Surely and steadily, the Republic of Belarus has been undergoing a highly sensitive yet intriguing economic revitalization. And at a critical moment in world history where emerging economies, especially those from within Latin America and Eurasia, are not generating the confidence to encourage foreign investment, Belarus instead is taking its rightful place under the spotlight on the global stage.

A recent Investment Forum in London made clear the intentions of the nation’s Ministry of Finance – look beyond geopolitics. Look toward better capitalizing on the budding multilateral relationships with European nations and business partners. Moreover, work closely with the private sector in promoting a nation that is not only Information Technology (IT)-savvy and fiscally incentivizing for the Fortune 500 sect, but has long been an innovative hub for opulence with leading brands from across the world.

Indeed, as Minister of Economy Nikolai Snopkov recently remarked at the gala, Belarus is once more “on the radar screen”.

However, there is something to be said for a calculatingly subtle conversional agenda. It is important to note that there are, at present, nearly 275 British companies actively operating in Belarus. And perhaps contrary to popular, albeit uninformed belief, that figure is set to increase perhaps tenfold.

The nation’s gross domestic product has tripled since the dawn of the new millennium, presently playing host to nearly 10% of global agribusiness’ combine harvesters and 6% of its tractors.

Another instance: when one thinks of landlocked Belarus, bordered by Russia to the northeast, one rarely assumes it to be a regional and indeed continent-wide leader in the digital sphere. Yes, the country exports oil products, such as gasoline, which it produces from Russian crude, unequivocally making it “the world’s 3rd most oil-dependent economy after Libya and Singapore”, according to recent Bloomberg estimates. However, in the Minister’s words, the country is known not only for its energy and B2B (Business to Business) products, but Belarus presently stands second, behind only India, in the IT development and dissemination industry, interestingly having created the viral online sensation ‘World of Tanks’, in addition to the encrypted communications platform ‘Viber’, as a couple of examples.

Minister Snopkov also dwelled on the transportation infrastructure and its prospects within the country.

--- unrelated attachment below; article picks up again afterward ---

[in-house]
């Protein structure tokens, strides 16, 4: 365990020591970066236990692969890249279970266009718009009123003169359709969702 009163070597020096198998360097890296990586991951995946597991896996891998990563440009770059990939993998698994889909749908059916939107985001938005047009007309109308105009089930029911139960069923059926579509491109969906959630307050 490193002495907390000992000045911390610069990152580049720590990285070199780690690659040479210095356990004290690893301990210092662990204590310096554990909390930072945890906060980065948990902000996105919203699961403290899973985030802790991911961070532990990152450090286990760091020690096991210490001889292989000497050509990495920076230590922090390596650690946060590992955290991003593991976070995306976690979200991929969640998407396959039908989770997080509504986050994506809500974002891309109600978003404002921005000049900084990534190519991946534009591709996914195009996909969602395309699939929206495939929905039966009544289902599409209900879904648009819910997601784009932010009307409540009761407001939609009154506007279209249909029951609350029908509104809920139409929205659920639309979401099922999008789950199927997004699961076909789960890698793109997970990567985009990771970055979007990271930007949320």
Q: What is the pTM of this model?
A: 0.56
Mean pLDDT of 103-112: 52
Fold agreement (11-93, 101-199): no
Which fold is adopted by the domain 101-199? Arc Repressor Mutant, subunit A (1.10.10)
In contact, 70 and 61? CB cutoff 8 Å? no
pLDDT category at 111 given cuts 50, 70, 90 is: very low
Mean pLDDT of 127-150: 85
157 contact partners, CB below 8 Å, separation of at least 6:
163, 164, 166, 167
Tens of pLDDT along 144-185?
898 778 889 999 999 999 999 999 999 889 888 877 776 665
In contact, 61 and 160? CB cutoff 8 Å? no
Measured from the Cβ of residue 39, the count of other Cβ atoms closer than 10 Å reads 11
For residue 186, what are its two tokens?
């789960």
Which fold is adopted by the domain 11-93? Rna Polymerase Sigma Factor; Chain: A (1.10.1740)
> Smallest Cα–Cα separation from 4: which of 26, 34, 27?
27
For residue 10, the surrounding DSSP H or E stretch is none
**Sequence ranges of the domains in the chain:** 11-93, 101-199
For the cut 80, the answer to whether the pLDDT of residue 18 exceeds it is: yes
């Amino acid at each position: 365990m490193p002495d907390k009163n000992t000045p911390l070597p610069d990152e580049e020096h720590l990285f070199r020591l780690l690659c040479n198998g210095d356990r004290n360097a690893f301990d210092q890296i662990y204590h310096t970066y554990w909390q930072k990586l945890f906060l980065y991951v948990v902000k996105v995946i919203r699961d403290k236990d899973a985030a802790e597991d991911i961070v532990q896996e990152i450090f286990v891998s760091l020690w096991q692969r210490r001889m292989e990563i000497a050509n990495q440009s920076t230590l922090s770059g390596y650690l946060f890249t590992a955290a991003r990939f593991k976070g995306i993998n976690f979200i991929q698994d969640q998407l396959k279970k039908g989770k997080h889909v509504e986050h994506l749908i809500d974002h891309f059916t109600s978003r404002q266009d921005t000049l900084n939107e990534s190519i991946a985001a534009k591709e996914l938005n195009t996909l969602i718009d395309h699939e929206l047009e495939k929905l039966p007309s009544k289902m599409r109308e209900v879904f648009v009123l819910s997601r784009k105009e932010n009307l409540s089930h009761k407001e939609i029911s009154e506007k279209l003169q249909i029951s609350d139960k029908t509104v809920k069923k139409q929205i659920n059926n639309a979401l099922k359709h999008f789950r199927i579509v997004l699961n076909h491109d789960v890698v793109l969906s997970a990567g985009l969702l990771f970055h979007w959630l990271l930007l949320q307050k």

“This is a major element of the economic space for Belarus and an essential element of the European and Eurasian systems. [Transport] is in itself one of the major components of the renascent Great Silk Road,” the minister said. According to him, approximately 110 million tons of cargo go through Belarus annually; “…and this is only the 40% capacity. This market segment alone can double in scope,” stated Snopkov.

According to the World Bank’s ‘Doing Business’ report, Belarus has been among the top legislative reformers over the few past years. There is potential here to buttress these determinations through greater transparency initiatives and via the development of new legislation on privatization. This framework is not unprecedented and can be wholly applied to the Belarusian model.

Minister Snopkov conversely believes that today and in the next one or two years to come (in the throws of aftermath from the global economic recession) would not be the best time for privatizing large state assets. Belarus, however, has been unwaveringly preparing for the time when the situation gets better and the country can pragmatically capitalize on the opportunities privatization brings.

“Under the World Bank technical project, we as a country have been testing the best world privatization practices at our National Investment and Privatization Agency. We are analyzing eight example companies in order to develop new laws on privatization, those which will be accountable and meet the best international standards,” Nikolai Snopkov said.

“In this way, we are preparing for a time when investors’ appetite and economic growth resume, steadfastly”.

The model works. As we have witnessed in China and its territories, in many Latin American emerging markets at the cusp of the BRIC echelon and indeed Africa’s economic steward, Nigeria, privatization can be the key to unlocking a budding nation’s potential; however, this transition must be one that is mutually beneficial and comfortable and attractive both for the nation and for the average foreign investor.

Unfortunately, even Sergei Rumas, Chairman of the Republic of Belarus’ Development Bank, admits that the nation currently faces many stereotypes ahead of its journey to prosperity.

“Businessmen and women do not know what [will happen] if they come to Belarus, or if they will get access to the entire market of the Eurasian Economic Union [Belarus, Russia and Kazakhstan]. And so our task, the task of the officials and bankers, is to explain those benefits that foreign investors and financial institutions will get after coming to Belarus”.

And so it is clarity that is sacrosanct. It is promoting an understanding, an openness and the responsibility of government in not only attracting new business and making the climate for current more and more attractive as a permanent home, but in pragmatically offering insight and intelligence as to Belarus’ longstanding role as a trusted conduit for European integration.

Today, that role could be placed under no greater global microscope – time will tell if the Republic of Belarus is up for the challenge and can meet and exceed its ambitious, commendable roadmap ahead.